•  Summary 
  •  Actions 
  •  Committee Votes 
  •  Floor Votes 
  •  Memo 
  •  Text 
  •  LFIN 
  •  Chamber Video/Transcript 

A04127 Summary:

COSPNSRMcDonald, Burdick
Add §391-v, Gen Bus L
Prohibits third-party food delivery services from charging a food service establishment a delivery fee that totals more than a certain percent of the total purchase price of an online order.
Go to top

A04127 Memo:

submitted in accordance with Assembly Rule III, Sec 1(f)
  TITLE OF BILL: An act to amend the general business law, in relation to third-party food delivery service charges; and providing for the repeal of such provisions upon expiration thereof   PURPOSE: The purpose of this bill is to cap the permissible fees third-party food delivery services may charge to restaurants for delivery services for the period of the COVID-19 related public health emergency and 90days after.   SUMMARY OF PROVISIONS: Section 1 (1) adds new section 391-v of the general business law, which sets definitions of terms.(2) Establishes that no third-party food delivery service shall charge a food service establishment a delivery fee that totals more than fifteen percent of the purchase price of each online order, and that no third-party delivery service shall charge any fee other than a delivery fee or a credit card fee for the use of their service that totals more than five percent.(3) Sets terms for penalties for violations of this section and enforcement thereof. Section 2 is the effective date.   JUSTIFICATION: Third-party food delivery services typically take between 10 and 30 percent commission per order from the restaurants. In some cases, this number goes up to 40% depending on the "marketing services" provided (e.g., prioritizing a certain restaurant on the platform, search engine optimization or providing a phone line). These commissions have risen to exploitative levels and are putting immense pressure on the hospitality businesses already struggling to survive. Increased reliance on online marketplaces for products and services has reshaped the hospitality market and the leverage of technology platforms on food retail estab- lishments have grown considerably as a result. These online delivery- platforms, many of which have been and still are loss-making ventures, have expanded their reach and influence while sustaining financially by relying on growth equity. To attain profitability these platforms are now using their leverage over small businesses to increase their margins by extracting exorbitant commissions, simply for providing access to customers. Restrictions placed on dining services in the aftermath of COVID-19 have further disadvantaged the restaurants already at risk of exploitation making the issue, and a legislative action, even more urgent.   LEGISLATIVE HISTORY: New bill.   FISCAL IMPLICATIONS: None   EFFECTIVE DATE: This act shall take effect immediately, and shall expire and be deemed repealed ninety days after the end of the state disaster emergency declared pursuant to executive order 202 of 2020, and as extended by any future executive order.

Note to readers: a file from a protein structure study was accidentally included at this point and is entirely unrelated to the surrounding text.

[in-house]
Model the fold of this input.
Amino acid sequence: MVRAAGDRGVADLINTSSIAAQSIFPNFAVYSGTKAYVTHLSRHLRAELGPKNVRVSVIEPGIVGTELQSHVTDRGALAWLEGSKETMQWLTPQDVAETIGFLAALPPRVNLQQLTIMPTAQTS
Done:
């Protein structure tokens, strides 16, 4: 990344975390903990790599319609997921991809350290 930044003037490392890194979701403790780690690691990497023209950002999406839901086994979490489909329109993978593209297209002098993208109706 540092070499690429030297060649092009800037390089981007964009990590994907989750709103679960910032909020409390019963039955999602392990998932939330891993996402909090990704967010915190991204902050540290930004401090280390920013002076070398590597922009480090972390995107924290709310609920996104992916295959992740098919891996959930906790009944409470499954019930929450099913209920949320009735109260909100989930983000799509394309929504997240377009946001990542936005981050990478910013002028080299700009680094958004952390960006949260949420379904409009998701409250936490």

Go to top